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Last year, I wrote about an important yet somewhat underrated trace mineral - iodine. This month, I'll focus on another trace mineral that is also important to New Zealanders' diets: selenium.
Much of the research investigating the selenium status of New Zealanders has come from the work of two researchers from the University of Otago's department of human nutrition, Profs Rosalind Gibson and Christine Thomson.
We are lucky to have such talented people in our midst researching issues that are relevant to New Zealanders.
The reason selenium is important to New Zealand is because our soils are low in selenium. Most of the plants we grow don't need to accumulate selenium to grow, thus our local plant foods are likely to be low in selenium too, as, in turn, are the animals that feed on those plants.
So why bother about this rather hard to pronounce trace mineral? Selenium is an important co-factor in one of our body's most valuable antioxidant defence systems. The enzyme glutathione peroxidase is a powerful antioxidant, implicated in our ability to counter oxidative (or free radical) damage. There are many different forms of glutathione peroxidase in the body, located within cells and in cell membranes, especially in the gut, liver, colon and is transported around the body in our blood.
It is likely that this enzyme is responsible for "cleaning up" a lot of free radical or oxidative by-products of cell metabolism. Selenium is also important for optimal thyroid, reproductive and immune function so, although we don't need a lot in our diet, it's use in the body is widespread.
Indeed, a selenium deficiency on top of an iodine deficiency spells trouble for thyroid function - and New Zealanders are at higher risk of these two nutrient deficiencies than other countries.
There is also some evidence that people with low selenium may be at higher risk of some cancers affecting the liver (Hughes et al, Am J Clin Nutr 2016) and colon (Hughes et al, Int J Cancer 2015). However, a thorough meta-analysis of 83 randomised controlled trials using selenium supplement or placebo for cancer prevention have found no impact (Vinceti et al, Cochrane Database of Systematic Reviews 2018). It seems that a diet higher in selenium may be protective against some cancers, particularly in men, however using selenium supplements doesn't have the same effect. This suggests that the foods contributing selenium to the diet, and the other nutrients present in those foods, are helping to prevent cancer.
The last National Nutrition Survey (conducted in over 4500 New Zealand adults during 2008-09) found that while our selenium intakes had improved since 1997, generally, we were still not consuming enough. Over half of the females and a third of the males who had their diet assessed in this survey were not getting enough selenium in their diet. Men and women over 71 years of age, and young women aged between 15-18 years had the lowest selenium intakes.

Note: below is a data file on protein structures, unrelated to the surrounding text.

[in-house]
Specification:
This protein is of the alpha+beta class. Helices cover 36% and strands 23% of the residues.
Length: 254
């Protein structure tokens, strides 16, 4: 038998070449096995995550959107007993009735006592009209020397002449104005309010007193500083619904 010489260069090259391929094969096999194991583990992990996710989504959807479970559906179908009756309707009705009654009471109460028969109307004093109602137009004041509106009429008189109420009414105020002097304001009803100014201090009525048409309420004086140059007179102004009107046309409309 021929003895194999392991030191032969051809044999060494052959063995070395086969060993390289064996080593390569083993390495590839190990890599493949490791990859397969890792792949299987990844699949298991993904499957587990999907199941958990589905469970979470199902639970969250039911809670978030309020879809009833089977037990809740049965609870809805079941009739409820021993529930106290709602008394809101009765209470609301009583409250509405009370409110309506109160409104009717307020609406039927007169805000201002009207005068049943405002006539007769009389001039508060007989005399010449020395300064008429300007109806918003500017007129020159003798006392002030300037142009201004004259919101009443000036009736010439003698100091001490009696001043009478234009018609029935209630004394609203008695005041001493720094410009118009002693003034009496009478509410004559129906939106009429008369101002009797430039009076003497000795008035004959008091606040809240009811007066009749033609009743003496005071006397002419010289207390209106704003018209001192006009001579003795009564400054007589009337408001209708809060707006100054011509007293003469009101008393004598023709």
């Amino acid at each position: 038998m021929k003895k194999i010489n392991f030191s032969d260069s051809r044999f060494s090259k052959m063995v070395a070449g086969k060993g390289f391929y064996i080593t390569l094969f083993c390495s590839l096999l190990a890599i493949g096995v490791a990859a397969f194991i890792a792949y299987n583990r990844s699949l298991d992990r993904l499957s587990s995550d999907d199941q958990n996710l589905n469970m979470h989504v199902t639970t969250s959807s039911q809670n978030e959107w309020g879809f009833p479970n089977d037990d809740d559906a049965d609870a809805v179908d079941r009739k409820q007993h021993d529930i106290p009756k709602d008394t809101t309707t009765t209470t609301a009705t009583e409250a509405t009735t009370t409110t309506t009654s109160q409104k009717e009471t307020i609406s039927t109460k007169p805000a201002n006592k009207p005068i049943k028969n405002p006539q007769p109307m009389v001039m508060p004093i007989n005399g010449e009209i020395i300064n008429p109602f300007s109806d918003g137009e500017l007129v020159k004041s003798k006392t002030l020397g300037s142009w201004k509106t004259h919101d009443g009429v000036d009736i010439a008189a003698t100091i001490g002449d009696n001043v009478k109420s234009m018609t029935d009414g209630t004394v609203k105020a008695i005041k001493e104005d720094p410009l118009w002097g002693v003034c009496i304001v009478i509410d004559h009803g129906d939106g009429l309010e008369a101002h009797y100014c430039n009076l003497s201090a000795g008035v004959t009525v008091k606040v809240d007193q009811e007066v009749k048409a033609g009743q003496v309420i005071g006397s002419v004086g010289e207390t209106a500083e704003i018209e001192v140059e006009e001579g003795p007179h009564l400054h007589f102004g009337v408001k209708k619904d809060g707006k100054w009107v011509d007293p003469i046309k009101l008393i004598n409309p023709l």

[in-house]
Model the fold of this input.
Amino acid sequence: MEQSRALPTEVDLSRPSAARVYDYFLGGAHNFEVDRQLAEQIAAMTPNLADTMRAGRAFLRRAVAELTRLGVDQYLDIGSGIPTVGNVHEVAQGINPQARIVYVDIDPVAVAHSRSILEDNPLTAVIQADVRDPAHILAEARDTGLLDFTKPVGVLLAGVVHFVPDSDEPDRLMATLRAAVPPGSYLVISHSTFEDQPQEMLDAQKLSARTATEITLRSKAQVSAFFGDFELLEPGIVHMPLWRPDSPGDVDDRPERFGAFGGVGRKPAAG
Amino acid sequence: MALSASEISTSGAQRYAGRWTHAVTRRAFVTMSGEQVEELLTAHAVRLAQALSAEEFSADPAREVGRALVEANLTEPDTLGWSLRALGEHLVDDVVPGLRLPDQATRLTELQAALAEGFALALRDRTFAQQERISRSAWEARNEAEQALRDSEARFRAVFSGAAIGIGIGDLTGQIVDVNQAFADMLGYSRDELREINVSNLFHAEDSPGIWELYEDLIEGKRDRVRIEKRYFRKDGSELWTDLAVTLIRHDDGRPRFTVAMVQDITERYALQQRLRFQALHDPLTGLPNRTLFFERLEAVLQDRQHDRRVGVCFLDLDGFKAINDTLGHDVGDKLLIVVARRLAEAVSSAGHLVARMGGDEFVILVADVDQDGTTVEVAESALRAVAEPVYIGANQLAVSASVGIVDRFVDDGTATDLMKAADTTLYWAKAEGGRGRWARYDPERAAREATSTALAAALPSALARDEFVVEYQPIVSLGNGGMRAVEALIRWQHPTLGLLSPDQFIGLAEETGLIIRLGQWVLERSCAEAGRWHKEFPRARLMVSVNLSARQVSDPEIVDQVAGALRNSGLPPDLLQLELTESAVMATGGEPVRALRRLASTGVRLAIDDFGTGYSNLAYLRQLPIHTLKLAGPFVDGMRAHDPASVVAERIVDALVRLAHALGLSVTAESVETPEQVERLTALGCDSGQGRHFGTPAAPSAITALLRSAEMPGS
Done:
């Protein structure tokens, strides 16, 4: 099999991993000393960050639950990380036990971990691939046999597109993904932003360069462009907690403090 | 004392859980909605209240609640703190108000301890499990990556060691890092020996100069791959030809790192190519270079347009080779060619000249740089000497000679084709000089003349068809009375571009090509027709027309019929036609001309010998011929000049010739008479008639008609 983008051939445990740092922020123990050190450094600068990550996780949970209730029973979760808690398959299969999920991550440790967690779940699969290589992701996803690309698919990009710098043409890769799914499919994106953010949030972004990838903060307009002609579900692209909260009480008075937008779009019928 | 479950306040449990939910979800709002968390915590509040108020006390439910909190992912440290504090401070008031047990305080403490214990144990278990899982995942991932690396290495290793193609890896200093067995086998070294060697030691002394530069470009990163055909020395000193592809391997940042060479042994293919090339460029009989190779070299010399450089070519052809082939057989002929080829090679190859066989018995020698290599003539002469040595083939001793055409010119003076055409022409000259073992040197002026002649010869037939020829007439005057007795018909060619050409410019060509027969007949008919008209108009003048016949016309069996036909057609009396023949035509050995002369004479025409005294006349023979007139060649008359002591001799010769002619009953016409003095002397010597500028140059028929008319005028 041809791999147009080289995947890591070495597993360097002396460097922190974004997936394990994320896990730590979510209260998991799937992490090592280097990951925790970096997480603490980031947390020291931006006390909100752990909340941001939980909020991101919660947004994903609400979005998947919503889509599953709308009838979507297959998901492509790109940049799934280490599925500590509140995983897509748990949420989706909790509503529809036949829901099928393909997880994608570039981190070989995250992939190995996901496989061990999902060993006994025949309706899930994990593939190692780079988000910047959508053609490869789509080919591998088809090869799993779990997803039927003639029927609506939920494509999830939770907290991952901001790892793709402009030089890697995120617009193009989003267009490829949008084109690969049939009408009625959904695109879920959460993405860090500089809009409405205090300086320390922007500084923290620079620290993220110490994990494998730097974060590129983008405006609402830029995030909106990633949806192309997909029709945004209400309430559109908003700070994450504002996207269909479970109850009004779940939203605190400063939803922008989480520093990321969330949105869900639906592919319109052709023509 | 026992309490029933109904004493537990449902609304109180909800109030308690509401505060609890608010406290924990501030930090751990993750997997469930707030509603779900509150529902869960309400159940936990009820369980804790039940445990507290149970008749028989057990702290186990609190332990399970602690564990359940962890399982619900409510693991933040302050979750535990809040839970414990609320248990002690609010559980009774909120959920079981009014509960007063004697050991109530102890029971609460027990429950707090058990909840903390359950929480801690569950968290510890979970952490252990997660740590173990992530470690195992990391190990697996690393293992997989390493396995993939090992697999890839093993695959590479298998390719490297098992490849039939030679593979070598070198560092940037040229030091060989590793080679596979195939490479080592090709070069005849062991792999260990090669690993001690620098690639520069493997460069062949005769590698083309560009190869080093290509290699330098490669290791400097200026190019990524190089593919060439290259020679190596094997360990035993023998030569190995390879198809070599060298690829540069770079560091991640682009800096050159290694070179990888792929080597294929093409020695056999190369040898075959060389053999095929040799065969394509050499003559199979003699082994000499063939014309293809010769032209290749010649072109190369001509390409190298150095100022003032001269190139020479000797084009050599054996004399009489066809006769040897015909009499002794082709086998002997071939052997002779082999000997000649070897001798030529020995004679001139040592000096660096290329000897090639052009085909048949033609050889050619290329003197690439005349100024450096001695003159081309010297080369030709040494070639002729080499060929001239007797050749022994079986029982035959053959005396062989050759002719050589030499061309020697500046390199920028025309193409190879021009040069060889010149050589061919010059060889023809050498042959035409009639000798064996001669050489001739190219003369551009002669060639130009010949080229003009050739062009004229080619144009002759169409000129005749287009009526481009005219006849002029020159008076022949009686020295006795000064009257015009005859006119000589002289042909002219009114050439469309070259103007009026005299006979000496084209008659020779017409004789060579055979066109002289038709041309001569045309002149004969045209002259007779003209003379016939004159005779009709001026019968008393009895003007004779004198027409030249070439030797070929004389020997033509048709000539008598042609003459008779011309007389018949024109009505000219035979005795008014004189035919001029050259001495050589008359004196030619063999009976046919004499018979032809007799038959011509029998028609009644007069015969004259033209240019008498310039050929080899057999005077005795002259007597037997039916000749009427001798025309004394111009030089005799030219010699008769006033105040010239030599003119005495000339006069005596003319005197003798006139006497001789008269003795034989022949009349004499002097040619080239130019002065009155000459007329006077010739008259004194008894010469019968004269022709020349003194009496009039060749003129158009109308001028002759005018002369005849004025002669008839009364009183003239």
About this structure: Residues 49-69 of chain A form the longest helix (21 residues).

Before you rush out to buy a selenium supplement, be wary. Our body functions optimally within a narrow range of selenium status, and too much can be toxic. Symptoms of selenium toxicity include a garlic odour on the breath, fatigue, lines forming across your nails or nails falling out, hair falling out, skin problems and gastrointestinal disturbances. Any selenium supplement should not have more than 150g/day (that is micrograms, not milligrams (mg), a day - it's a very small quantity). The maximum safe intake of selenium is 400g/day. Speak to your doctor and/or dietitian before taking selenium supplements.
The safest strategy to improve your selenium status is to use rich food sources of selenium. Brazil nuts are a uniquely concentrated source of selenium, so including brazil nuts in your nut medley at home is a great idea. Australian soils have more selenium than ours, so as more Australian-made breads and cereals enter the New Zealand market, our selenium status may improve. Indeed, the National Nutrition Survey of 2008-09 identified bread as the major source of selenium in our diets (bread provided 15% of our dietary selenium) because a lot of the bread sold in the North Island was made using imported Australian wheat. Unfortunately, this means South Islanders tend to have lower selenium than North Islanders.
Like iodine, fish and seafood, especially mussels, are good sources of selenium. Other good food sources are organ meats and offal, poultry, pork, eggs, grains and pasta. For vegetarians, imported legumes may also be a good sources of selenium. However, brazil nuts would be particularly valuable in a vegetarian diet.
A recent study of selenium intakes among post-menopausal women in New Zealand (Brough et al, Nutrients, 2017) suggests the dietary picture has not changed much for this group since the National Nutrition Survey. Approximately half of the nearly 100 women studied (aged 50-70 years) were not consuming enough selenium in their diets - and they were all North Islanders! However, almost a quarter of them ate less than 1 slice of bread or 1 bread roll a day. Those who ate more than one slice of bread per day had significantly higher dietary intakes of selenium.
It takes only 1-2 brazil nuts a day to meet your daily selenium requirement. Combine those in your diet alongside regular fish and seafood and some wholegrains and your selenium (and iodine) intake could be greatly improved!
I'm off to get a handful of nuts now!
- Dr Kirsty Fairbairn is a health, wellness and sports dietitian at Invigorate Nutrition (www.invigoratenutrition.com), based at Eclipse Health, Wellness and Performance, Hanover St, Dunedin.